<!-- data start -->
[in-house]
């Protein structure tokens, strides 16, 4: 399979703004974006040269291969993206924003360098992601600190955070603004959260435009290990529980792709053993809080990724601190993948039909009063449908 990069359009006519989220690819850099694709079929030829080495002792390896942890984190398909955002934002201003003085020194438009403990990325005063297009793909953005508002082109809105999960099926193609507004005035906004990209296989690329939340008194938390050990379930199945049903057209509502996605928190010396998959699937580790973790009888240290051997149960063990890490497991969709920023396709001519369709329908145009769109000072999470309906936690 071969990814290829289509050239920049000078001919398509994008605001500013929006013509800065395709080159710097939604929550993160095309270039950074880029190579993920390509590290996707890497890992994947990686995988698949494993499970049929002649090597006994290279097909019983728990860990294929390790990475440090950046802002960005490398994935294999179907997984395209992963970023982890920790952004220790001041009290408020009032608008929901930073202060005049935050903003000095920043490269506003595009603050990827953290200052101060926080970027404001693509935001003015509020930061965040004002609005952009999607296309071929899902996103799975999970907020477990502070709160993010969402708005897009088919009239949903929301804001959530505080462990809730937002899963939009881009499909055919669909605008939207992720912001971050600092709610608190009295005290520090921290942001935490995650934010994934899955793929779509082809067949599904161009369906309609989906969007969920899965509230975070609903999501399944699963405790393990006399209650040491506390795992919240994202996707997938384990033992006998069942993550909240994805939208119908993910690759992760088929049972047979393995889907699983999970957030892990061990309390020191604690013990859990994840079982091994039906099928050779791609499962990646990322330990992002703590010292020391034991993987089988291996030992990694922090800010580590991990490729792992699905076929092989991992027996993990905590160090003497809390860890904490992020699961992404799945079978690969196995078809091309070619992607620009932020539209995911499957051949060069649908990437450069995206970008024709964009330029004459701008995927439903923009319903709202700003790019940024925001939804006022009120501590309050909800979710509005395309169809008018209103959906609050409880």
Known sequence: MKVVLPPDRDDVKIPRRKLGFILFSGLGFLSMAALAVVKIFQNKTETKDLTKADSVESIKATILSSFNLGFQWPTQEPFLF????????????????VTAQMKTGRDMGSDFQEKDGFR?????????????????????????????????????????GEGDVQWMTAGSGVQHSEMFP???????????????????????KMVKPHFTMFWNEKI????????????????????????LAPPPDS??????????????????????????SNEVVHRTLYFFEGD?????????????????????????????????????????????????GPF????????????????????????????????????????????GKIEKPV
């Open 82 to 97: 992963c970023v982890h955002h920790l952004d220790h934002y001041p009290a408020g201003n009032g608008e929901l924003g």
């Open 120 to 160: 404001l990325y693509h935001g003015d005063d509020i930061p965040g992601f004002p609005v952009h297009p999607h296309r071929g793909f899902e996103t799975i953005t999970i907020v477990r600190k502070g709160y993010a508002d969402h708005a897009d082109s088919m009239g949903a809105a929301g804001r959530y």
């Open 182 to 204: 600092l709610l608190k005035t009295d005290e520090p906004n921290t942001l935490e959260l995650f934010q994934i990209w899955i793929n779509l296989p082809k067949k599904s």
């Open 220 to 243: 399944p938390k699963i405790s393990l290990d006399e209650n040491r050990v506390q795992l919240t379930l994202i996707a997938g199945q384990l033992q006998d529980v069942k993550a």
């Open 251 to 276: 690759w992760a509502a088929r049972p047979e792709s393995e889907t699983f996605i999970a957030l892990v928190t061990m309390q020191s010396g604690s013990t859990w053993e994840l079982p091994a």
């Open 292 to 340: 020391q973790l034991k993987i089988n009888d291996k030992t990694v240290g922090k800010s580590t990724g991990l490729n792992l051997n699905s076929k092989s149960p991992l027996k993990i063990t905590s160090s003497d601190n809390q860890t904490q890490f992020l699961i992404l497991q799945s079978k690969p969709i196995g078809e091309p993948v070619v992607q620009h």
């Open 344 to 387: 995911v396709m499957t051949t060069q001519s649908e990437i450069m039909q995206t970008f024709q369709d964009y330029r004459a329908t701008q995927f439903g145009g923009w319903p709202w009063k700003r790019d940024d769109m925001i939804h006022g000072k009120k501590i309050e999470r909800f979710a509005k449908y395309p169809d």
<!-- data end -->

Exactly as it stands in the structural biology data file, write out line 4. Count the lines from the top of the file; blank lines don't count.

């Open 82 to 97: 992963c970023v982890h955002h920790l952004d220790h934002y001041p009290a408020g201003n009032g608008e929901l924003g």